A pattern of good works in doctrine, uprightness, gravity In the original Greek the style is here involved and obscure, and this creates ambiguity. First, he makes use of the words in doctrine, and then adds, in the accusative case, integrity, gravity, etc. 244244     “At ἐν τὣ διδασκαλίᾳ ἀδιαφθορίαν repeat παρεχόμενος in the sense ἐνδεικνύμενος.” Bloomfield. Without mentioning the interpretations given by others, I shall state that which appears to me to be the most probable. First, I connect these words, of good works in doctrine; for, after having enjoined Titus that, in teaching he shall inculcate the practice of good works, he wishes that good works, which correspond to this doctrine, may be visible in his life; and consequently the preposition in means that they shall be suitable, or shall correspond, to the doctrine. What follows is in no degree obscure; for; in order that he may exhibit a representation of his doctrine in morals, he bids him be “upright and grave.”

8. Sound speech, unblamable 245245     “Irreprehensible, ou qu’on ne puisse condemner.” — “Unblamable, or that cannot be condemned.” “Sound speech” relates (in my opinion) to ordinary life and familiar conversation; for it would be absurd to interpret it as relating to public instruction, since he only wishes that Titus, both in his actions and in his words, shall lead a life that agrees with his preaching. He therefore enjoins that his words shall be pure and free from all corruption.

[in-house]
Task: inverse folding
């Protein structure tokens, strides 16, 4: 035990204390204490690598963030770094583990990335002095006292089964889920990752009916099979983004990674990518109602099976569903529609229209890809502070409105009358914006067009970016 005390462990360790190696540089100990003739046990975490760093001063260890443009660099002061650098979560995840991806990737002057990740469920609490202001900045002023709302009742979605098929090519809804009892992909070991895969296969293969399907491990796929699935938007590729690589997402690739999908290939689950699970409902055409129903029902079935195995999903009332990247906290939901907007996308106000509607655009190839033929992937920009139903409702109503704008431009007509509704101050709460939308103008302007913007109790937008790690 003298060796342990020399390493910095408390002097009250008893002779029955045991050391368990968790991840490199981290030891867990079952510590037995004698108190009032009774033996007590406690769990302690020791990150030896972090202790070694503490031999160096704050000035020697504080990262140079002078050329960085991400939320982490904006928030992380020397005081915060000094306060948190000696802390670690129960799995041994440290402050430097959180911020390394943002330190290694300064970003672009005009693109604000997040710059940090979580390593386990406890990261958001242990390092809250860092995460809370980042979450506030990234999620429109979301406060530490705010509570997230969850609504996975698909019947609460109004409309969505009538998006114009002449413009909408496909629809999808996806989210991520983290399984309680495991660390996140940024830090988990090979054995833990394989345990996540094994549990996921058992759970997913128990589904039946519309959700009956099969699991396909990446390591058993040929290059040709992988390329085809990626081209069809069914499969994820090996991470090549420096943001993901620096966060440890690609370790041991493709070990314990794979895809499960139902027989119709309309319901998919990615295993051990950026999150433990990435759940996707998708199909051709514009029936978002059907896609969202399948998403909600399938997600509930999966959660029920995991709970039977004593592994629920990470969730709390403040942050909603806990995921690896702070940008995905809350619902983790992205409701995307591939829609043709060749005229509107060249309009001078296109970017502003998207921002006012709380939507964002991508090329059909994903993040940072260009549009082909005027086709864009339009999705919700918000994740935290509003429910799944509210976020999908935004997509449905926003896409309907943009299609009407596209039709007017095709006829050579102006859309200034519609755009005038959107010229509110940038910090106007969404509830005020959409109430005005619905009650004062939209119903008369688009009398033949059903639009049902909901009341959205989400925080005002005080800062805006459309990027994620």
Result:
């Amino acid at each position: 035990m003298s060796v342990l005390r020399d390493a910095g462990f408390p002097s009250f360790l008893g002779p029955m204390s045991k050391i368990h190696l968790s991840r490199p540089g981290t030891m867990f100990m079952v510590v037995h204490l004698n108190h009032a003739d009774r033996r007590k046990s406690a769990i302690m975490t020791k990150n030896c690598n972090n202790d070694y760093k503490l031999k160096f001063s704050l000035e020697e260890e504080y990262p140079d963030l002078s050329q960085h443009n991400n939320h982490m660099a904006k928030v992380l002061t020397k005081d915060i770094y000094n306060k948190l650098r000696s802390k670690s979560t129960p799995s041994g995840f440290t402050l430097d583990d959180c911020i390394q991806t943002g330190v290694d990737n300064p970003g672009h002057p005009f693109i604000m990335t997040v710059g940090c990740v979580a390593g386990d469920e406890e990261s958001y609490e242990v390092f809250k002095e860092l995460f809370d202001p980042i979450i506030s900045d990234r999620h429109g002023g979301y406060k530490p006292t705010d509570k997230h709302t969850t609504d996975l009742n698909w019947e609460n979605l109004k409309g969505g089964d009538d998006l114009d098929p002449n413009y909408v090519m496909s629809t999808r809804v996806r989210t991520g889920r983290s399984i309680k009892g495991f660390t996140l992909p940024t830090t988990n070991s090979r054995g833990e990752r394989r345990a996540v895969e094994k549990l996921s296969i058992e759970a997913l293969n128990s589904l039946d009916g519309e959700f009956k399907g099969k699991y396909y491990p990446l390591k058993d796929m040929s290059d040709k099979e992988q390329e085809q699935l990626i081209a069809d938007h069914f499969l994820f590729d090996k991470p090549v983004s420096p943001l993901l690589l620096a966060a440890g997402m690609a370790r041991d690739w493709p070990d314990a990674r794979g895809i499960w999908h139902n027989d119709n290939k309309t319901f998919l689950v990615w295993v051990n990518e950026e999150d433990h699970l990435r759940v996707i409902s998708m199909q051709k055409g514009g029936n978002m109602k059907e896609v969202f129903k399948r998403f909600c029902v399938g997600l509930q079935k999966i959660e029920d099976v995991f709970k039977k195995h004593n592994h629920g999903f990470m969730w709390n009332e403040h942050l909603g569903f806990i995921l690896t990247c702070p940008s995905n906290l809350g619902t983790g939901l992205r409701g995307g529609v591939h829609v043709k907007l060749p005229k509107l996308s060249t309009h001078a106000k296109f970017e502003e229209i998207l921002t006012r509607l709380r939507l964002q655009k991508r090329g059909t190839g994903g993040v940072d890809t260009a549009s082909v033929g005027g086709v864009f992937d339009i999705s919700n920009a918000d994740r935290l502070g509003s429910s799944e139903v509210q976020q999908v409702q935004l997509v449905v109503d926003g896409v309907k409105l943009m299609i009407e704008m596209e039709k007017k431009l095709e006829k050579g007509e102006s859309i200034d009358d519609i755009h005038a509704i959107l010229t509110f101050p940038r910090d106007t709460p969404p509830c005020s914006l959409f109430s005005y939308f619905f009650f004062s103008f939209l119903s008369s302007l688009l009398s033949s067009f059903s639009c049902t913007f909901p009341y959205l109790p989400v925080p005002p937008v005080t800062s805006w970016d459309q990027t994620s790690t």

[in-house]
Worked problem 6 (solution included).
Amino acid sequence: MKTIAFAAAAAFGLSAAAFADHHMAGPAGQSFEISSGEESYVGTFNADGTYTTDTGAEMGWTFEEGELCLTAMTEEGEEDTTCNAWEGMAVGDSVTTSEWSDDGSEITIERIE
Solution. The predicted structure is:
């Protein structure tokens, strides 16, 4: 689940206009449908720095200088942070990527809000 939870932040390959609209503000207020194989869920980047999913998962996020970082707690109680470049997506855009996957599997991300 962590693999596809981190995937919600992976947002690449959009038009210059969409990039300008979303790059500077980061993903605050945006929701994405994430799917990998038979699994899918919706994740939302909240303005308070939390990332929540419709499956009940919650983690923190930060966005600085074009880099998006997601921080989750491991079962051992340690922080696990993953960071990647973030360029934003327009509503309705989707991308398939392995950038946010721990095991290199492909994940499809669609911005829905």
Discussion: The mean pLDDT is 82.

Unblamable may apply either to the words or the person of Titus. I prefer the latter view, that the other nouns in the accusative case (which the Greek syntax easily allows) may depend upon it in this sense — “that thou mayest shew thyself unblamable in gravity, in integrity, and in sound words.”

That the adversary may be ashamed. Although a Christian man ought to look at other objects, yet this must not be neglected, to shut the mouth of wicked men, as we are everywhere taught that we should give no occasion for slander. Everything that they can seize on as improper in our conduct is maliciously turned against Christ and his doctrine. The consequence is, that, through our fault, the sacred name of God is exposed to insult. Accordingly, the more we perceive that we are keenly observed by enemies, let us be the more attentive to guard against their calumnies, and thus let their malignity strengthen in us the desire of doing well.

9. Servants, that they be subject to their masters It has been already said that Paul merely glances at some things by way of example, and does not explain the whole of these subjects, as if he undertook, expressly, to handle them. Accordingly, when he enjoins servants to please their masters in all things, this desire of pleasing must be limited to those things which are proper; as is evident from other passages of a similar nature, in which an exception is expressly added, to the effect that nothing should be done but according to the will of God.